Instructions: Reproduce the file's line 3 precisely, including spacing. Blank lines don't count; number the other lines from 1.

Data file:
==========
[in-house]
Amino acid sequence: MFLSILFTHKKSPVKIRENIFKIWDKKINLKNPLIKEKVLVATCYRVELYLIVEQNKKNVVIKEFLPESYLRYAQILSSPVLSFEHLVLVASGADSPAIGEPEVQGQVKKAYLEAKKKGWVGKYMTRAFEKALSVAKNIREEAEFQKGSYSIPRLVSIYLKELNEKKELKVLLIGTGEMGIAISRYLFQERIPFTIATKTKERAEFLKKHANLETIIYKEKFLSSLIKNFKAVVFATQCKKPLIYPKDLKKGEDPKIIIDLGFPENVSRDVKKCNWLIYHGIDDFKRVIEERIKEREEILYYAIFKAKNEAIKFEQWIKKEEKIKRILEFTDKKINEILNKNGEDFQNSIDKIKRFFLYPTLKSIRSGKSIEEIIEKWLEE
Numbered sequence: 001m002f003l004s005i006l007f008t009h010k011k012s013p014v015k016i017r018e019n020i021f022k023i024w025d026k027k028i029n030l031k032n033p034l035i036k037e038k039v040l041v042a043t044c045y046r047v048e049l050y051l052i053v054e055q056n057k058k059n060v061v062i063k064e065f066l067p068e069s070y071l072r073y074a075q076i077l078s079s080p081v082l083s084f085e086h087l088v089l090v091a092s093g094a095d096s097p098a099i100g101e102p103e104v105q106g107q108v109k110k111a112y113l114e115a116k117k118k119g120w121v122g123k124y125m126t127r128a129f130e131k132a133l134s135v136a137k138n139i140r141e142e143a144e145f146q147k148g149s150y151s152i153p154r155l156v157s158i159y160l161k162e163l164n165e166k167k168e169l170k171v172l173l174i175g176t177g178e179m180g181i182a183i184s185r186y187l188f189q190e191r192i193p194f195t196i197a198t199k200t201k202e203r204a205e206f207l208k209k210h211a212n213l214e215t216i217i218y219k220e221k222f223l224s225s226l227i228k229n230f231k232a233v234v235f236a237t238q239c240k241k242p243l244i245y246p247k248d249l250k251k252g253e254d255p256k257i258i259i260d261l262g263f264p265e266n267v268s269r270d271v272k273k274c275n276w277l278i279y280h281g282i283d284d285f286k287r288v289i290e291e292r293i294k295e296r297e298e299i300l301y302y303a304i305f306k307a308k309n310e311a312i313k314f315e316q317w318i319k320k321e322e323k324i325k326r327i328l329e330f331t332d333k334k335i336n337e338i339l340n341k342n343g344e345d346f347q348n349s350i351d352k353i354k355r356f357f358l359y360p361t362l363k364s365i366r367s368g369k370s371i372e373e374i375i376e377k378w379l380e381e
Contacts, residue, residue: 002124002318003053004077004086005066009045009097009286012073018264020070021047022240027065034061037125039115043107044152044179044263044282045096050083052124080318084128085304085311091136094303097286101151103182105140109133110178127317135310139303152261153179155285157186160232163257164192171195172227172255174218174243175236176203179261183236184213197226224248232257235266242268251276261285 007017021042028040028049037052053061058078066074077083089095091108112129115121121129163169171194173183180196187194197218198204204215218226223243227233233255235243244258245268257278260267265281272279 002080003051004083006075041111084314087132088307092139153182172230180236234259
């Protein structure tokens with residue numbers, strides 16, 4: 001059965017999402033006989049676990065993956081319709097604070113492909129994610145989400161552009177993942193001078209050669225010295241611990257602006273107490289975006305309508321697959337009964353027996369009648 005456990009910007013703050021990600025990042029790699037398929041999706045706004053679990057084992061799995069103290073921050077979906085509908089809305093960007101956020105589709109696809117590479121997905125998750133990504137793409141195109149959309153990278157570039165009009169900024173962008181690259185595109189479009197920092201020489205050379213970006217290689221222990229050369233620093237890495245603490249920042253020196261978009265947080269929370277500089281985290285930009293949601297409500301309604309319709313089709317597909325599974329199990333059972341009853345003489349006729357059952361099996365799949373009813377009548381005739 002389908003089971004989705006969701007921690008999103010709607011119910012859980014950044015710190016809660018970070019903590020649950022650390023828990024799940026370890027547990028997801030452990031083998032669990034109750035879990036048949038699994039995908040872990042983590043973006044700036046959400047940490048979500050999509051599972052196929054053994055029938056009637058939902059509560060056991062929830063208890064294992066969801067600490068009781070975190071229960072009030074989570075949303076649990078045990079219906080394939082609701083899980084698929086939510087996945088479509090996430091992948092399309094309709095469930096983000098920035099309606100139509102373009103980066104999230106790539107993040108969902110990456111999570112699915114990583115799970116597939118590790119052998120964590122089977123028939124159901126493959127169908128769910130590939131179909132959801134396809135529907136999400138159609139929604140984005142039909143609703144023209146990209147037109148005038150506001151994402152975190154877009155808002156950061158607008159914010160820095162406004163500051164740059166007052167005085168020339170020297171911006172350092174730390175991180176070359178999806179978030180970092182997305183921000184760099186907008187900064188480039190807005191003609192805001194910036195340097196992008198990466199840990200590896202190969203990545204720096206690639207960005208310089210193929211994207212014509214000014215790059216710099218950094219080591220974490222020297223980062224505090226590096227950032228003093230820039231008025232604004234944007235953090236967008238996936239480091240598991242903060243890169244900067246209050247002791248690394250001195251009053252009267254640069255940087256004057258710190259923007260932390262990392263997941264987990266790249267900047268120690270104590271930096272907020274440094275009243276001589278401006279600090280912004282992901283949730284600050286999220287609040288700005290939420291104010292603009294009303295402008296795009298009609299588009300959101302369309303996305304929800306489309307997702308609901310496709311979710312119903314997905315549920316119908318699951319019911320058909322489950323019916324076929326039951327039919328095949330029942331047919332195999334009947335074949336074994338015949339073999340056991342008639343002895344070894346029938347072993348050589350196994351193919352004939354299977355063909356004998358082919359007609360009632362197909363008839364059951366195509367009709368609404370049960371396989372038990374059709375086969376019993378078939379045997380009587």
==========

Numbered sequence: 001m002f003l004s005i006l007f008t009h010k011k012s013p014v015k016i017r018e019n020i021f022k023i024w025d026k027k028i029n030l031k032n033p034l035i036k037e038k039v040l041v042a043t044c045y046r047v048e049l050y051l052i053v054e055q056n057k058k059n060v061v062i063k064e065f066l067p068e069s070y071l072r073y074a075q076i077l078s079s080p081v082l083s084f085e086h087l088v089l090v091a092s093g094a095d096s097p098a099i100g101e102p103e104v105q106g107q108v109k110k111a112y113l114e115a116k117k118k119g120w121v122g123k124y125m126t127r128a129f130e131k132a133l134s135v136a137k138n139i140r141e142e143a144e145f146q147k148g149s150y151s152i153p154r155l156v157s158i159y160l161k162e163l164n165e166k167k168e169l170k171v172l173l174i175g176t177g178e179m180g181i182a183i184s185r186y187l188f189q190e191r192i193p194f195t196i197a198t199k200t201k202e203r204a205e206f207l208k209k210h211a212n213l214e215t216i217i218y219k220e221k222f223l224s225s226l227i228k229n230f231k232a233v234v235f236a237t238q239c240k241k242p243l244i245y246p247k248d249l250k251k252g253e254d255p256k257i258i259i260d261l262g263f264p265e266n267v268s269r270d271v272k273k274c275n276w277l278i279y280h281g282i283d284d285f286k287r288v289i290e291e292r293i294k295e296r297e298e299i300l301y302y303a304i305f306k307a308k309n310e311a312i313k314f315e316q317w318i319k320k321e322e323k324i325k326r327i328l329e330f331t332d333k334k335i336n337e338i339l340n341k342n343g344e345d346f347q348n349s350i351d352k353i354k355r356f357f358l359y360p361t362l363k364s365i366r367s368g369k370s371i372e373e374i375i376e377k378w379l380e381e